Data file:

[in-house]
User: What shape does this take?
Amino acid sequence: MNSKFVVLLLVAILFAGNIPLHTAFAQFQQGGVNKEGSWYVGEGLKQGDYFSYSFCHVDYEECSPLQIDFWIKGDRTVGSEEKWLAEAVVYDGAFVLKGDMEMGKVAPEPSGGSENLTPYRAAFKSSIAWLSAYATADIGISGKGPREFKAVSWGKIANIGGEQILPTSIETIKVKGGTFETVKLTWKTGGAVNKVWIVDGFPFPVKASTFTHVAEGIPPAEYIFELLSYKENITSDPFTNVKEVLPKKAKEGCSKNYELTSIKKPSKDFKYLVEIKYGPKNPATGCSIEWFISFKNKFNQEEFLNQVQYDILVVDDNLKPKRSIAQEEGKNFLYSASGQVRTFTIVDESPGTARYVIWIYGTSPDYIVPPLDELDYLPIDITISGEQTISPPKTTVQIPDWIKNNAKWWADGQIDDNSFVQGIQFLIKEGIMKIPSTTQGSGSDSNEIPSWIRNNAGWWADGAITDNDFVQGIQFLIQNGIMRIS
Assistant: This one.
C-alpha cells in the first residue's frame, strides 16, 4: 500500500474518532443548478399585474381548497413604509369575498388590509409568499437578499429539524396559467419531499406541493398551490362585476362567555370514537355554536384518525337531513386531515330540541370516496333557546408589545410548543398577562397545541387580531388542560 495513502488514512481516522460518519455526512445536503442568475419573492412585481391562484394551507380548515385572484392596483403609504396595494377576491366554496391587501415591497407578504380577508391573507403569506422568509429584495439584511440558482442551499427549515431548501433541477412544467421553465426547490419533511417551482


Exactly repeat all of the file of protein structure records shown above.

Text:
[in-house]
User: What shape does this take?
Amino acid sequence: MNSKFVVLLLVAILFAGNIPLHTAFAQFQQGGVNKEGSWYVGEGLKQGDYFSYSFCHVDYEECSPLQIDFWIKGDRTVGSEEKWLAEAVVYDGAFVLKGDMEMGKVAPEPSGGSENLTPYRAAFKSSIAWLSAYATADIGISGKGPREFKAVSWGKIANIGGEQILPTSIETIKVKGGTFETVKLTWKTGGAVNKVWIVDGFPFPVKASTFTHVAEGIPPAEYIFELLSYKENITSDPFTNVKEVLPKKAKEGCSKNYELTSIKKPSKDFKYLVEIKYGPKNPATGCSIEWFISFKNKFNQEEFLNQVQYDILVVDDNLKPKRSIAQEEGKNFLYSASGQVRTFTIVDESPGTARYVIWIYGTSPDYIVPPLDELDYLPIDITISGEQTISPPKTTVQIPDWIKNNAKWWADGQIDDNSFVQGIQFLIKEGIMKIPSTTQGSGSDSNEIPSWIRNNAGWWADGAITDNDFVQGIQFLIQNGIMRIS
Assistant: This one.
C-alpha cells in the first residue's frame, strides 16, 4: 500500500474518532443548478399585474381548497413604509369575498388590509409568499437578499429539524396559467419531499406541493398551490362585476362567555370514537355554536384518525337531513386531515330540541370516496333557546408589545410548543398577562397545541387580531388542560 495513502488514512481516522460518519455526512445536503442568475419573492412585481391562484394551507380548515385572484392596483403609504396595494377576491366554496391587501415591497407578504380577508391573507403569506422568509429584495439584511440558482442551499427549515431548501433541477412544467421553465426547490419533511417551482